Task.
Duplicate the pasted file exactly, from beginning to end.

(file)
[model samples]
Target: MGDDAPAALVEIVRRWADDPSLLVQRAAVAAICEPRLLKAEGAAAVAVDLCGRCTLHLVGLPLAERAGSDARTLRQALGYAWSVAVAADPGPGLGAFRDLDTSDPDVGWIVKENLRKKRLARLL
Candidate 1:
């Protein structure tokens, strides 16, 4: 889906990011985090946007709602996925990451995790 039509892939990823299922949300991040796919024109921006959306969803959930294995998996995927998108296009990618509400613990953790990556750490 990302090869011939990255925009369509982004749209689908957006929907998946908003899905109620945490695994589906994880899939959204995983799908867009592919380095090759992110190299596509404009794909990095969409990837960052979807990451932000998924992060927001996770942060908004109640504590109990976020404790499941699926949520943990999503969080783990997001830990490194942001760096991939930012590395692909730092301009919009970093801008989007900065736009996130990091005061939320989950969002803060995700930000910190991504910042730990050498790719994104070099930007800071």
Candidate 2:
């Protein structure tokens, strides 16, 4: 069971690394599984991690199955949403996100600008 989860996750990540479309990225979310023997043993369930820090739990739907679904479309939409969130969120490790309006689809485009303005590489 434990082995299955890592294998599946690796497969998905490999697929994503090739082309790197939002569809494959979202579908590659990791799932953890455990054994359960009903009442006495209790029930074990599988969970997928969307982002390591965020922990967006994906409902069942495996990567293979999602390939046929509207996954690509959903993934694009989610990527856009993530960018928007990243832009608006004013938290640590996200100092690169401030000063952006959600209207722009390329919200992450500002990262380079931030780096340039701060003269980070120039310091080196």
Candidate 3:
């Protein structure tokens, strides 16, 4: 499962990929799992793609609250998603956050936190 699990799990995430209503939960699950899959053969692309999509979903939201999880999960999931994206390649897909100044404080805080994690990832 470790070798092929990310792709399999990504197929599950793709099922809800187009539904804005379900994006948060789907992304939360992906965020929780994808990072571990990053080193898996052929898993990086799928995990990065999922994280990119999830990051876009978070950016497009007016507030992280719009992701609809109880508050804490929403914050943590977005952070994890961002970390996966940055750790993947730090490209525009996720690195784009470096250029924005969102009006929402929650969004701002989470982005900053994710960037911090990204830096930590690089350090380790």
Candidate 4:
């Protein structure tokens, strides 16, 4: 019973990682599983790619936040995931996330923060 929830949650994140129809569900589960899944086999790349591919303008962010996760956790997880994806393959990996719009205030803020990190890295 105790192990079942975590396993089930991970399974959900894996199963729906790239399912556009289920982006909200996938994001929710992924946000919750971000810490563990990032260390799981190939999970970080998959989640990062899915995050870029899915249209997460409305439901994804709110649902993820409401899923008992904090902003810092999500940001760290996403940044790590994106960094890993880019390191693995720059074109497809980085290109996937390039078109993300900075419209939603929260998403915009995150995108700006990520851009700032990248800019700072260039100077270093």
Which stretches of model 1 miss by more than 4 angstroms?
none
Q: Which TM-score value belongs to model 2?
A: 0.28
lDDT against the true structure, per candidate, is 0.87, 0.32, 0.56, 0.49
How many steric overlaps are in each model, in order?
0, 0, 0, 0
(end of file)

[model samples]
Target: MGDDAPAALVEIVRRWADDPSLLVQRAAVAAICEPRLLKAEGAAAVAVDLCGRCTLHLVGLPLAERAGSDARTLRQALGYAWSVAVAADPGPGLGAFRDLDTSDPDVGWIVKENLRKKRLARLL
Candidate 1:
């Protein structure tokens, strides 16, 4: 889906990011985090946007709602996925990451995790 039509892939990823299922949300991040796919024109921006959306969803959930294995998996995927998108296009990618509400613990953790990556750490 990302090869011939990255925009369509982004749209689908957006929907998946908003899905109620945490695994589906994880899939959204995983799908867009592919380095090759992110190299596509404009794909990095969409990837960052979807990451932000998924992060927001996770942060908004109640504590109990976020404790499941699926949520943990999503969080783990997001830990490194942001760096991939930012590395692909730092301009919009970093801008989007900065736009996130990091005061939320989950969002803060995700930000910190991504910042730990050498790719994104070099930007800071």
Candidate 2:
């Protein structure tokens, strides 16, 4: 069971690394599984991690199955949403996100600008 989860996750990540479309990225979310023997043993369930820090739990739907679904479309939409969130969120490790309006689809485009303005590489 434990082995299955890592294998599946690796497969998905490999697929994503090739082309790197939002569809494959979202579908590659990791799932953890455990054994359960009903009442006495209790029930074990599988969970997928969307982002390591965020922990967006994906409902069942495996990567293979999602390939046929509207996954690509959903993934694009989610990527856009993530960018928007990243832009608006004013938290640590996200100092690169401030000063952006959600209207722009390329919200992450500002990262380079931030780096340039701060003269980070120039310091080196």
Candidate 3:
């Protein structure tokens, strides 16, 4: 499962990929799992793609609250998603956050936190 699990799990995430209503939960699950899959053969692309999509979903939201999880999960999931994206390649897909100044404080805080994690990832 470790070798092929990310792709399999990504197929599950793709099922809800187009539904804005379900994006948060789907992304939360992906965020929780994808990072571990990053080193898996052929898993990086799928995990990065999922994280990119999830990051876009978070950016497009007016507030992280719009992701609809109880508050804490929403914050943590977005952070994890961002970390996966940055750790993947730090490209525009996720690195784009470096250029924005969102009006929402929650969004701002989470982005900053994710960037911090990204830096930590690089350090380790």
Candidate 4:
């Protein structure tokens, strides 16, 4: 019973990682599983790619936040995931996330923060 929830949650994140129809569900589960899944086999790349591919303008962010996760956790997880994806393959990996719009205030803020990190890295 105790192990079942975590396993089930991970399974959900894996199963729906790239399912556009289920982006909200996938994001929710992924946000919750971000810490563990990032260390799981190939999970970080998959989640990062899915995050870029899915249209997460409305439901994804709110649902993820409401899923008992904090902003810092999500940001760290996403940044790590994106960094890993880019390191693995720059074109497809980085290109996937390039078109993300900075419209939603929260998403915009995150995108700006990520851009700032990248800019700072260039100077270093």
Which stretches of model 1 miss by more than 4 angstroms?
none
Q: Which TM-score value belongs to model 2?
A: 0.28
lDDT against the true structure, per candidate, is 0.87, 0.32, 0.56, 0.49
How many steric overlaps are in each model, in order?
0, 0, 0, 0